I’ve been working in politics and media since the 2008 election cycle and I naively keep thinking I can’t be shocked anymore, and then people like Pastor Earl Wise prove me wrong.

Wise, a pastor from Millbrook, Alabama, is a defender of Roy Moore, the Republican Senate candidate who is facing numerous allegations that he inappropriately pursued teenage girls when he was a prosecutor in his thirties, including one allegation that he sexually molested a 14-year-old girl (below the legal age of consent), and attempted to rape another 16-year-old girl.

Because the story was originally published in the Washington Post, many defenders of Moore attacked the story as yet another example of liberal media bias. As many of the responses in my Twitter feed cry out: “Fake News!”

As additional women stepped forward to accuse Moore, the “But Gorsuch!” defense that was used to excuse Donald Trump’s comments on the Access Hollywood tape and alleged sexual assaults was adapted for Moore. Voting for an immoral person — even a sexual predator — was permissible, so these defenders claim, because their vote on abortion issues will cleanse away all sins.

As the Boston Globe noted, a growing number of evangelical Christians are willing to forgive politicians’ moral failings:

Six years ago, just 30 percent of white evangelical Protestants believed an elected official “who commits an immoral act in their personal life can still behave ethically and fulfill their duties” as a public servant, according to The Public Religion Research Institute, a nonprofit polling firm focused on faith issues.

In 2016, that number skyrocketed to 72 percent.

Pastor Earl Wise is clearly in that 72 percent. When interviewed about the accusations against Moore for the Globe article, Wise called the women liars with imaginations run amok, accused them of getting paid, and then added a comment scoffing at statutory rape laws:

“I don’t know how much these women are getting paid, but I can only believe they’re getting a healthy sum,” said pastor Earl Wise, a Moore supporter from Millbrook, Ala.

Wise said he would support Moore even if the allegations were true and the candidate was proved to have sexually molested teenage girls and women.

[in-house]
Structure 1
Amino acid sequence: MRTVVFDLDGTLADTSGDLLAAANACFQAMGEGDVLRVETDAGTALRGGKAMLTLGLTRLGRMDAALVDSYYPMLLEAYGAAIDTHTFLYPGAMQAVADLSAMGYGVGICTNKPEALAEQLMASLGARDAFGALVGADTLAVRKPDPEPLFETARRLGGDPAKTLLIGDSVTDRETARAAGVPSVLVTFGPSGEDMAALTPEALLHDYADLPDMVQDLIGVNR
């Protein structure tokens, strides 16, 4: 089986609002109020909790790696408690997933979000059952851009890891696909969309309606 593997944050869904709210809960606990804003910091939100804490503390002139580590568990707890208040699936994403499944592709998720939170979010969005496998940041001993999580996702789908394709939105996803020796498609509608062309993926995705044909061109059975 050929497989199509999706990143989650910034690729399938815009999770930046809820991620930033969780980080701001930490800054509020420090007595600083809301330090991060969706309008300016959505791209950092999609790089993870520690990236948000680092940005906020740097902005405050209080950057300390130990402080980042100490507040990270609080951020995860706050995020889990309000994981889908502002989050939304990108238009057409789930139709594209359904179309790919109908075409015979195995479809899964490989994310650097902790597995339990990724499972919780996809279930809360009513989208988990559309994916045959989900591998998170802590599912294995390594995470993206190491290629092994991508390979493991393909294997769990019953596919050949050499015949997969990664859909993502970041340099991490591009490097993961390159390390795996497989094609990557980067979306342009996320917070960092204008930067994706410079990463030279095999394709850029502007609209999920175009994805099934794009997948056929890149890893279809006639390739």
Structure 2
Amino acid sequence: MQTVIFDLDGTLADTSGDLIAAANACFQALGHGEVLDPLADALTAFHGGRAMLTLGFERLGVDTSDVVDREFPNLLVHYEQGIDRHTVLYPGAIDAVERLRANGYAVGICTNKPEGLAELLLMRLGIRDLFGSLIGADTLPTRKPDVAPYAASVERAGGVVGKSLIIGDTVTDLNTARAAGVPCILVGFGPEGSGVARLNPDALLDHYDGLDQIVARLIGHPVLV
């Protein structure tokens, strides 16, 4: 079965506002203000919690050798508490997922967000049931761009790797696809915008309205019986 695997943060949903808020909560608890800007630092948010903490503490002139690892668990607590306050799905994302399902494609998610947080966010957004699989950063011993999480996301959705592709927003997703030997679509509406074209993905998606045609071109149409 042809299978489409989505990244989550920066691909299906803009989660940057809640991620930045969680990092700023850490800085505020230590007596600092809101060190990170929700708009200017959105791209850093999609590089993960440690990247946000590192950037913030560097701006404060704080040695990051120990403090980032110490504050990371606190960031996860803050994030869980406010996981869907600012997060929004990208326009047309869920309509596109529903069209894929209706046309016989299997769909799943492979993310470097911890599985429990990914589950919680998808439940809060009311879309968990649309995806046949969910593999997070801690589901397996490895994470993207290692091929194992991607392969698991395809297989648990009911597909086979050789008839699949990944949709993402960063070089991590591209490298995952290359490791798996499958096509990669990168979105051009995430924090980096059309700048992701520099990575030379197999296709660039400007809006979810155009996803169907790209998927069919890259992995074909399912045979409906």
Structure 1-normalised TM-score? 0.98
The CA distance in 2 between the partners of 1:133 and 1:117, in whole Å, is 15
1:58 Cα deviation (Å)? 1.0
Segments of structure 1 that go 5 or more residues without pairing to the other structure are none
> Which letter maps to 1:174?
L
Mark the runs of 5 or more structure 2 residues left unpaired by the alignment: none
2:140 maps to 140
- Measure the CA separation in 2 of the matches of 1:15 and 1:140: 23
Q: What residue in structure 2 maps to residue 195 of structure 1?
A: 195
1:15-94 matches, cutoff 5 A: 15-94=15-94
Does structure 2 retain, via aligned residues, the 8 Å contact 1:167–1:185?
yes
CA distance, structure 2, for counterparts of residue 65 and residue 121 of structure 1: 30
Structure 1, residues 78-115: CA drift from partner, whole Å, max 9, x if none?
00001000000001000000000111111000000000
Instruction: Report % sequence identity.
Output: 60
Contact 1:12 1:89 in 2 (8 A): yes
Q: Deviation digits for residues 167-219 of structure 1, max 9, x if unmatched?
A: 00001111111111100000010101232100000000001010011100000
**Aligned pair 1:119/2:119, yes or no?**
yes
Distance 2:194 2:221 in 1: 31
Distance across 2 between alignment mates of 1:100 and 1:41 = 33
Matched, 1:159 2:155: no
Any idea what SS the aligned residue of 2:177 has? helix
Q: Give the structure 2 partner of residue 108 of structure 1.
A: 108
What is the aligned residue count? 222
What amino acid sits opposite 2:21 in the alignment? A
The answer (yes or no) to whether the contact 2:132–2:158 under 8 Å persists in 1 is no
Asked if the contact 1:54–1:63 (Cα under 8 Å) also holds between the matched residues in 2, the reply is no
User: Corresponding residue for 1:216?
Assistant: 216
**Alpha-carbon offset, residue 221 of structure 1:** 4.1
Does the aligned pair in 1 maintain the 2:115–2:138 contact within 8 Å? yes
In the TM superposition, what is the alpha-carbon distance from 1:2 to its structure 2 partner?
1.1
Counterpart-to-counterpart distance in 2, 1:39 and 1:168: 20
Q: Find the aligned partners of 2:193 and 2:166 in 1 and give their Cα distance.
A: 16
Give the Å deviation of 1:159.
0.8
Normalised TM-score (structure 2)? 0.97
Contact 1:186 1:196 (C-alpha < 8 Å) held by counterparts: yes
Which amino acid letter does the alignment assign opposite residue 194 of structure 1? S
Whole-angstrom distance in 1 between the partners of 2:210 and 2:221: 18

“There ought to be a statute of limitations on this stuff,” Wise said. “How these gals came up with this, I don’t know. They must have had some sweet dreams somewhere down the line.

“Plus,” he added, “there are some 14-year-olds, who, the way they look, could pass for 20.”

“They must have had some sweet dreams”?

Beverly Young Nelson, the 16-year-old, says that she was “terrified” when Moore tried to rape her in his car behind a restaurant and that he left bruises on her neck that she had to cover with makeup.

Nelson also says Moore threatened her: “You’re just a child and I am the District Attorney of Etowah County, and if you tell anyone about this, no one will ever believe you.”

That’s no sweet dream; that’s a nightmare.

The story of Leigh Corfman, the 14-year-old, is another nightmare, and illustrates the very reason we have statutory rape laws.

Saying that the encounter with Moore left Corfman feeling “guilty” and blaming herself, it took “decades before I was able to let that go.”

“I was a 14-year-old child trying to play in an adult’s world and he was 32 years old,” said Corfman.

Exactly. She was a child. We have age of consent laws because an underage person’s mind is too immature to make adult decisions, whether that might be signing a legal contract or entering into an adult sexual relationship.

Wise’s argument that some 14-year-olds “could pass for 20” ignores this entire foundation for statutory rape laws and falls back on a tiresome “blame the victim” tactic. Pretty girl like that, with that lovely figure, she must have tempted a good Christian man like Judge Moore into sin. Gadsden, Alabama was apparently just crawling with these teenage Jezebels.

Despicable.

It is very telling how often these Moore defenders start by claiming that the women are all lying, but then quickly pivot to attempting to attack the women, to say they aren’t as important people as Moore and therefore they don’t matter, and then end up saying it’s fine if the accusations are true, because partisan tribalism is more important than morality.

It’s one thing when a political figure defends a candidate facing immorality issues, and another thing altogether when a so-called pastor does the same. I expect political hackery from the political hacks. Our religious leaders should be encouraging us to be moral people.

As a member of an evangelical Christian church myself, it is heartbreaking to hear pastors twisting Scripture to justify abusing vulnerable children and young women. A few lightning bolts doing a little smiting here and there might be a helpful reminder, since they clearly have forgotten the lessons of Matthew 18:2-6.

Photo by skyseeker via Flickr (Creative Commons License Attribution 2.0 Generic).  

Follow Sarah Rumpf on Twitter: @rumpfshaker